As they say in the millinery business, not only is there a hat for every occasion, there's an occasion for every hat. Which is sort of like saying every day can be a hat day. Good thing that the UK milliner Philip Treacy makes tons of hats to choose from every season (plus this one that looks more like a black veil). That's right, in addition to supplying hats for the stage, hats for royal weddings, hats for traveling exhibitions, he'll also make hats for regular customers with regular occasions, even if the occasion is walking down the street. Behold his fall 2014 collection...
The skinny-heel pushback is well underway. The latest evidence comes from Acne Studios, whose plus-size women's Quad shoe for fall takes the best of the traditional oxford and adds an enlarged cube toe, as well as a chunky sole, for beautiful-the-way-I-am appeal. Available in white on white, black on white, and brown camo on black.
$600 at Acne Studios stores and acnestudios.com
The original Dover Street Market in London has reached its first decade — or it will on September 10 — and what a glorious ten years it's been. Judging from the swirl of launches, limited editions, and special events surrounding the tenth anniversary, Rei Kawakubo — and, by extension, her Comme des Garçons label — couldn't be happier.
In fact, on the topic of happy, Pharrell Williams has launched his new scent GIRL to coincide with the festivities, marking the occasion with a special colored box. Additionally, spaces have been constructed for Louis Vuitton's fall collection — the first by its new creative director, Nicolas Ghesquière — and for Nike Lab, including its sneaker collaboration with DSM.
Designers and friends of DSM have also created commemorative pieces, such as Simone Rocha’s pointed silver shoes, Stella McCartney's kids items, and Phoebe English’s T-shirts. Souvenir items either designed or chosen by Kawakubo — flip flops, mugs, tote bags — have been given their own stalls, while the whole store is clad in a poster installation emblazoned with quotes from Kawakubo herself.
But, in typically contrarian Comme style, the house would now like to divert your attention from its first ten years and focus on the next ten years. To that end, Kawakubo has compiled a list of future-oriented books and films for you to consume as you adopt DSM not only as a retail destination, but a life philosophy. In other words, it's pretty much mandatory.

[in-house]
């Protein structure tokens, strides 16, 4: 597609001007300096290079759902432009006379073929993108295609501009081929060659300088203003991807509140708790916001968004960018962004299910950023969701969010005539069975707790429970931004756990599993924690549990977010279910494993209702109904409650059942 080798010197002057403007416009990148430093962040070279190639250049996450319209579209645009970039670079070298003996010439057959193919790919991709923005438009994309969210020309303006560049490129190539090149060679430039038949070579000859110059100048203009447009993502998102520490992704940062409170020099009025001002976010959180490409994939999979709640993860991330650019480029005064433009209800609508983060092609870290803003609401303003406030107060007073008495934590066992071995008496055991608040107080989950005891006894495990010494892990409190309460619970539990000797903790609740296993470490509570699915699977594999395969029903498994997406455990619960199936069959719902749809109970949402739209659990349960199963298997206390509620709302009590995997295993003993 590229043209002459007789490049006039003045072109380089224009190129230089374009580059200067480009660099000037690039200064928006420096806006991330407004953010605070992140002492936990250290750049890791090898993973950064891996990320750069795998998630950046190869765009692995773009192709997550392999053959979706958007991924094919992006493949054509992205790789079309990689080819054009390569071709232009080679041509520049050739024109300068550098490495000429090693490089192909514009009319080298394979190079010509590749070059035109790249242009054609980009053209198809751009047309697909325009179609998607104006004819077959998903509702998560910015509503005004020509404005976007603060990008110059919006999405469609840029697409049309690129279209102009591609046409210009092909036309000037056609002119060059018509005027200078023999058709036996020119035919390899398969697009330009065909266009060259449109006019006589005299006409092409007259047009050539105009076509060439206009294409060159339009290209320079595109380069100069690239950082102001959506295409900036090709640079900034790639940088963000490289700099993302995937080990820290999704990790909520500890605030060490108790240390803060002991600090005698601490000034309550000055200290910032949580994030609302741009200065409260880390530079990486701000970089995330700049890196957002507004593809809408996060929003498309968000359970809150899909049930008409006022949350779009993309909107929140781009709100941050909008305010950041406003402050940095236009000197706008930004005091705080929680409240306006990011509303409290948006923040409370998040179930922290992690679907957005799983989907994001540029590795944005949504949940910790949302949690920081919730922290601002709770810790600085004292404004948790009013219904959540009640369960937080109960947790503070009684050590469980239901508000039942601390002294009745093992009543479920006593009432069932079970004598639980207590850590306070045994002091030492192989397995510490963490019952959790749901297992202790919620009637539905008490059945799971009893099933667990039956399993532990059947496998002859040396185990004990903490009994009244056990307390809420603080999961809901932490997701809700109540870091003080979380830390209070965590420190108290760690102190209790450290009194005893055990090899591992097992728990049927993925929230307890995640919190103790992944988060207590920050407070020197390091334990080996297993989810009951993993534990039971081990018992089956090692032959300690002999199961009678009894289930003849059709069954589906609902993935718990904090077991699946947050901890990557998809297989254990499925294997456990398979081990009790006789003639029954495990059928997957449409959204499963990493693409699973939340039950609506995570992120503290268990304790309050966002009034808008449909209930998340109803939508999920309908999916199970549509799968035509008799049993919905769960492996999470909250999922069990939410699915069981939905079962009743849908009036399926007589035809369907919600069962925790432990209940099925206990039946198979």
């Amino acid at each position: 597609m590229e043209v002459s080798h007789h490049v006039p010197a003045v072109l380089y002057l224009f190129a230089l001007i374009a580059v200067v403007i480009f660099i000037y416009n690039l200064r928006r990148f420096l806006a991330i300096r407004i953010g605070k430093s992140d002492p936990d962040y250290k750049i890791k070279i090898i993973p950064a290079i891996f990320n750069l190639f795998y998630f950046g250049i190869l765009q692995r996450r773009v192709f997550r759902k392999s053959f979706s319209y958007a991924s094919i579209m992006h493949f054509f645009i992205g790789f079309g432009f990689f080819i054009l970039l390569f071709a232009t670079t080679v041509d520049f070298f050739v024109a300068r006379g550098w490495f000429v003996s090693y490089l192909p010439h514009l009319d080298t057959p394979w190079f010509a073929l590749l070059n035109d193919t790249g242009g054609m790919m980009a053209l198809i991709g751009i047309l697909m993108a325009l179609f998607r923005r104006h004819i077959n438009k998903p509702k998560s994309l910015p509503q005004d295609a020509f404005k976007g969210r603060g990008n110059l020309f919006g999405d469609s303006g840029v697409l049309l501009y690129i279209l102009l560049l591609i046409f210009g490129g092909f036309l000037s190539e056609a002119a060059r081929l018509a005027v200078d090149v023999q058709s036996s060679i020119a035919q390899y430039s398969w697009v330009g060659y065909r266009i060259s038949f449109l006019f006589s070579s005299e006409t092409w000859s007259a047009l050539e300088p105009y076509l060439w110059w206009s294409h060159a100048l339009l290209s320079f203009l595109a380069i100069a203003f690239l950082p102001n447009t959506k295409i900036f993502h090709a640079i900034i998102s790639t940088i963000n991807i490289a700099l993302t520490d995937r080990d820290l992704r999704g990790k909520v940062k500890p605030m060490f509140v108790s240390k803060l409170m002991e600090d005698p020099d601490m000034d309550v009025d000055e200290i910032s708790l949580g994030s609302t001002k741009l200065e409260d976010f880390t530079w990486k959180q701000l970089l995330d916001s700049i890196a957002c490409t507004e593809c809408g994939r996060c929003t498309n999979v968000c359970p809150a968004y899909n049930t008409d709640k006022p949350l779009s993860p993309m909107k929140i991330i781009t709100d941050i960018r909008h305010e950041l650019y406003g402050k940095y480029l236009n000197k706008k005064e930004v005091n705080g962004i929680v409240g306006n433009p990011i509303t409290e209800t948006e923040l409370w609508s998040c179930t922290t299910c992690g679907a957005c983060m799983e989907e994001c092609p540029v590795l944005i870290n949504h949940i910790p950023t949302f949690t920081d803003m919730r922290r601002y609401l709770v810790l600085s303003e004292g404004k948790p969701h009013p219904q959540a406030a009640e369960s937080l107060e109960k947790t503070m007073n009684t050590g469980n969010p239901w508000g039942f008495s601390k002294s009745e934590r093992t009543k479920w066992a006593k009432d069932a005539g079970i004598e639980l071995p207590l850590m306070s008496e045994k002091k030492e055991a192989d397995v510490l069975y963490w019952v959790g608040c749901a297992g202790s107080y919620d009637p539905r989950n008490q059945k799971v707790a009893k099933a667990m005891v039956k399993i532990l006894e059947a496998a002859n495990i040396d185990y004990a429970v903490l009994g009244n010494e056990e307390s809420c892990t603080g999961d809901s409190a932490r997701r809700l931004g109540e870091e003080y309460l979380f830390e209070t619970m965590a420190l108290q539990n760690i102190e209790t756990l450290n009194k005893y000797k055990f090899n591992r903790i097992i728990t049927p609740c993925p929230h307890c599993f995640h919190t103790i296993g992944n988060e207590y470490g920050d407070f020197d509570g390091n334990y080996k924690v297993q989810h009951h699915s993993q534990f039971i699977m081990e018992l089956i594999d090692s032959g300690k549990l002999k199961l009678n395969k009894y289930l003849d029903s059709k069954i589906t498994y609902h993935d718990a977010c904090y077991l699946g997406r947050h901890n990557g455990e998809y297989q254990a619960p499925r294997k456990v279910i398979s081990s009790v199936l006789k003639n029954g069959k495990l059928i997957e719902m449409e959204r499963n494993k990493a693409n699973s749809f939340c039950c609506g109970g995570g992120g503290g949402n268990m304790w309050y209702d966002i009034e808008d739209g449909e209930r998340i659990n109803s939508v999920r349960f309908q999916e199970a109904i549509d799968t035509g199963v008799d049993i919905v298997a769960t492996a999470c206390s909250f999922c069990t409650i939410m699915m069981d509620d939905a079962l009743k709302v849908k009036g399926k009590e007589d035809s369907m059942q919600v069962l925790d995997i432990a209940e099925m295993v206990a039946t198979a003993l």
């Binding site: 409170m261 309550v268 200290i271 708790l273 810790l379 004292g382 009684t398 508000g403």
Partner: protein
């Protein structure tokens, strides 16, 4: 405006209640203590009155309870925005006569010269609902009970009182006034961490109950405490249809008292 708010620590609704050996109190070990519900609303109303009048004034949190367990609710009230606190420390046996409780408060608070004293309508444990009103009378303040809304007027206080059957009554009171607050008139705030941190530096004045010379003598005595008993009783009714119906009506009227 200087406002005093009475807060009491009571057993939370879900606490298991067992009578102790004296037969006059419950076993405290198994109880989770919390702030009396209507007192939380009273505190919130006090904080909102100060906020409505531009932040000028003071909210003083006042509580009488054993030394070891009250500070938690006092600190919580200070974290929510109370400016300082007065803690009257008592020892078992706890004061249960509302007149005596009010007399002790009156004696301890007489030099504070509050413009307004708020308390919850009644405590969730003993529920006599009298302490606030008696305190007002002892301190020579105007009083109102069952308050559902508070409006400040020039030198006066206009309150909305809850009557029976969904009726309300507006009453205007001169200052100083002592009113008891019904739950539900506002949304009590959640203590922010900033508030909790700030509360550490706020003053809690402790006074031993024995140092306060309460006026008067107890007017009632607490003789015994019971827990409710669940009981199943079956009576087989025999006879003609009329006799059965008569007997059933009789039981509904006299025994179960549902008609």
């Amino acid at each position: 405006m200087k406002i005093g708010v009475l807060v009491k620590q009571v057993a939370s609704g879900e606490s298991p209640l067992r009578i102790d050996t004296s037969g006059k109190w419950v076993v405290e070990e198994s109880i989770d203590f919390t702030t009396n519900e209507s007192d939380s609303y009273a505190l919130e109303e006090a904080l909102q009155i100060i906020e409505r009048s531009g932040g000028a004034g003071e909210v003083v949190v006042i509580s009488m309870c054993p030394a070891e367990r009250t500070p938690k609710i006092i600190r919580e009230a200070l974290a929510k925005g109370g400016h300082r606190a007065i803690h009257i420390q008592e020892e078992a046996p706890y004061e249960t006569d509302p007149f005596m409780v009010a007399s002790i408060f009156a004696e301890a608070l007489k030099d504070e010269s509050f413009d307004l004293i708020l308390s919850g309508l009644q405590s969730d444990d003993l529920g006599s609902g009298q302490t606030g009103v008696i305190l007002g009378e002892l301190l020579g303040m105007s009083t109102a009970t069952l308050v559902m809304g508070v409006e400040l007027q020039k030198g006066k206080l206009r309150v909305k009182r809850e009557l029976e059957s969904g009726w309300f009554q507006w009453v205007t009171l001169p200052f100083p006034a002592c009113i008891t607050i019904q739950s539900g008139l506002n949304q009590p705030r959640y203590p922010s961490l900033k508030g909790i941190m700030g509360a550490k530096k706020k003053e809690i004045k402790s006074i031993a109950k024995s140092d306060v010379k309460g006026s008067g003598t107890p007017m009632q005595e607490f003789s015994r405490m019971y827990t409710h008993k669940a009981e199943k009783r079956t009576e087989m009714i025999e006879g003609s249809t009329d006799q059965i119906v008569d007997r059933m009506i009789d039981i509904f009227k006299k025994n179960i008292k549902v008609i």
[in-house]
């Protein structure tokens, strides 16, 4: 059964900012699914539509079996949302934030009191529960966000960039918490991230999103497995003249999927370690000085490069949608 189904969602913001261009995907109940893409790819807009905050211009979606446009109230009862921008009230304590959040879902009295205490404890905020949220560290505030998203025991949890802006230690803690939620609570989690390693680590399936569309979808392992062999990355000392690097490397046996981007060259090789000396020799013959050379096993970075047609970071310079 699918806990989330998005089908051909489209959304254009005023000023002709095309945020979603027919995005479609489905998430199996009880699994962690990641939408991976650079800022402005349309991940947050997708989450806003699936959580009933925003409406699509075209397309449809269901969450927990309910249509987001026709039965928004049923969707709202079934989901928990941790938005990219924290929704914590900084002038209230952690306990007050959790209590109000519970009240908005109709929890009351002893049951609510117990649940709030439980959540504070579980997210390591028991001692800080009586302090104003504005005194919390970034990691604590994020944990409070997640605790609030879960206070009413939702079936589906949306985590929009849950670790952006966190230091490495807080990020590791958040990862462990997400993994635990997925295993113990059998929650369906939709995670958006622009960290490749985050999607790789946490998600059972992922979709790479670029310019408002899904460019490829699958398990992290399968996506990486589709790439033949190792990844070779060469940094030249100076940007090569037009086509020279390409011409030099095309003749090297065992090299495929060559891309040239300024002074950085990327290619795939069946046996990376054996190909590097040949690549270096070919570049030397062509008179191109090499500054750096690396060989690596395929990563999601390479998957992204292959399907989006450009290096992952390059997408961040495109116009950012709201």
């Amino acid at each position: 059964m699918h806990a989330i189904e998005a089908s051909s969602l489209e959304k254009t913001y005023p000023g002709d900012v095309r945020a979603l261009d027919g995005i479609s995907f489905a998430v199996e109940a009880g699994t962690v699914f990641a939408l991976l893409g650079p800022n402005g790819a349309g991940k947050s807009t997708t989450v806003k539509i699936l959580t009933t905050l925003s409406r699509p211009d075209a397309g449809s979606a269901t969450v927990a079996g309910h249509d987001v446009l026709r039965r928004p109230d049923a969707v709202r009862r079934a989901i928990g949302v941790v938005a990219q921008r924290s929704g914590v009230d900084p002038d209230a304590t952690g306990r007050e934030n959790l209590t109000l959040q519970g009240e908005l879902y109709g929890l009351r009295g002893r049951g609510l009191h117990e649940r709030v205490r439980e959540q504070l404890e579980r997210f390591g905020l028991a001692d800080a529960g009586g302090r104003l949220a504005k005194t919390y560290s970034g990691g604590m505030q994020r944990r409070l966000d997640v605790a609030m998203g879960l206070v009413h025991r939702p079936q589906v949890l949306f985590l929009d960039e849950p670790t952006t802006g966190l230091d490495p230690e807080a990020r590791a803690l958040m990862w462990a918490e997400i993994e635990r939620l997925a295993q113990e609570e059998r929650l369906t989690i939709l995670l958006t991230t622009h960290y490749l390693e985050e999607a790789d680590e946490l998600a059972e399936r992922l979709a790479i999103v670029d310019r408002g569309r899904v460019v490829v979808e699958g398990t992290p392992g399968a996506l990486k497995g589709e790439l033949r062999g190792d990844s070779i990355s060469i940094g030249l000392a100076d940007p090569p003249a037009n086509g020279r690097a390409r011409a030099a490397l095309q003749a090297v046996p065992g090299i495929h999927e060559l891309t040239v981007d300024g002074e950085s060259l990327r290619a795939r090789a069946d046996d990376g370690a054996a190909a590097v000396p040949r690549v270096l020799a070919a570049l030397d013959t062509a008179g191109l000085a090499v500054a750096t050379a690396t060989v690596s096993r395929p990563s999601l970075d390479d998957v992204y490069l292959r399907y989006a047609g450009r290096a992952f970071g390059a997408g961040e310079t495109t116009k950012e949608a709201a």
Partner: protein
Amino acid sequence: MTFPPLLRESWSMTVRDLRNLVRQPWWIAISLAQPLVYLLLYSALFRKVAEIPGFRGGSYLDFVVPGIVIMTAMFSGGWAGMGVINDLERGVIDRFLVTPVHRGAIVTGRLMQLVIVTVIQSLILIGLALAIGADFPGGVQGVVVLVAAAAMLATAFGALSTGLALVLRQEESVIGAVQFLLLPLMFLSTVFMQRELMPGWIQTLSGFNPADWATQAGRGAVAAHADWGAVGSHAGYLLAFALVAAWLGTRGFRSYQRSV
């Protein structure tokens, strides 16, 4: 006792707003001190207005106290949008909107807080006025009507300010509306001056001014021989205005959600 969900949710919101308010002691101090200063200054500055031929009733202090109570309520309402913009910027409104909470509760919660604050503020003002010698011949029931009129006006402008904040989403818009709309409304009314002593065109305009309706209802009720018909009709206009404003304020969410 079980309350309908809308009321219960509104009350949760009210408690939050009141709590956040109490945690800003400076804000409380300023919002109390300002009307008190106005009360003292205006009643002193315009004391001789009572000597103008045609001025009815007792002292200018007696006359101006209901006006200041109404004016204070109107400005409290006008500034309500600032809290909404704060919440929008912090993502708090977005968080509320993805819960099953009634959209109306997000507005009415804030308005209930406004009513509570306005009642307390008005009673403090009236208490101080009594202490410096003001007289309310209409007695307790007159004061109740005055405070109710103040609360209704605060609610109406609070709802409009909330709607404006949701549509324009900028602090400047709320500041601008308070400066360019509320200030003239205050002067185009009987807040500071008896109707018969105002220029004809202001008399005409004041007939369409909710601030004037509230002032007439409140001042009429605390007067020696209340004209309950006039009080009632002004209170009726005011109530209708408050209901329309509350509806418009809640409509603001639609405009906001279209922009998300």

Rick Owens doesn't do anything by dribs and drabs. So his Selfridges takeover isn't schlocky window dressing, but a storewide installation anchored by a massive, imposing monument to himself — a 25-foot, 1.5-ton sculpture of his toned torso. Created by artist and house collaborator Doug Jennings, the fiberglass statue — which took 20 members of Hot House construction crew 12 weeks to build — holds up a torch that will glow 12 hours a day and burst with flame each quarter hour. A takeover celebrating 20 years since his first collection demands nothing less than Selfridges' most exhaustive designer focus to date.
Additionally, Owens has created a series of conceptual exhibits in four key windows. Three of the four windows are inspired by Owens’ favorite opera, Salomé, with music by Richard Strauss and words by Oscar Wilde. “[Salomé] is a ridiculously lurid biblical story about obsession with beautiful purity and the drive to destroy it," says Owens. "Depravity and elegance is one of my favorite combos.” The fourth window features an 'impossible' staircase made of black wood appearing to descend to Selfridges' Concept Store, where an immersive curation of items — furniture, tableware, books, albums (Jayne County's autobiography!) — shed light on Owens' creative universe.
Finally, Owens has designed a limited-edition, 20-piece collection under his DRKSHDW label. The collection includes trans-seasonal, mostly unisex styles emblematic of his aesthetic, including the crinkled leather jacket, tunics, and do-rags. The collection will be available in various Selfridges locations.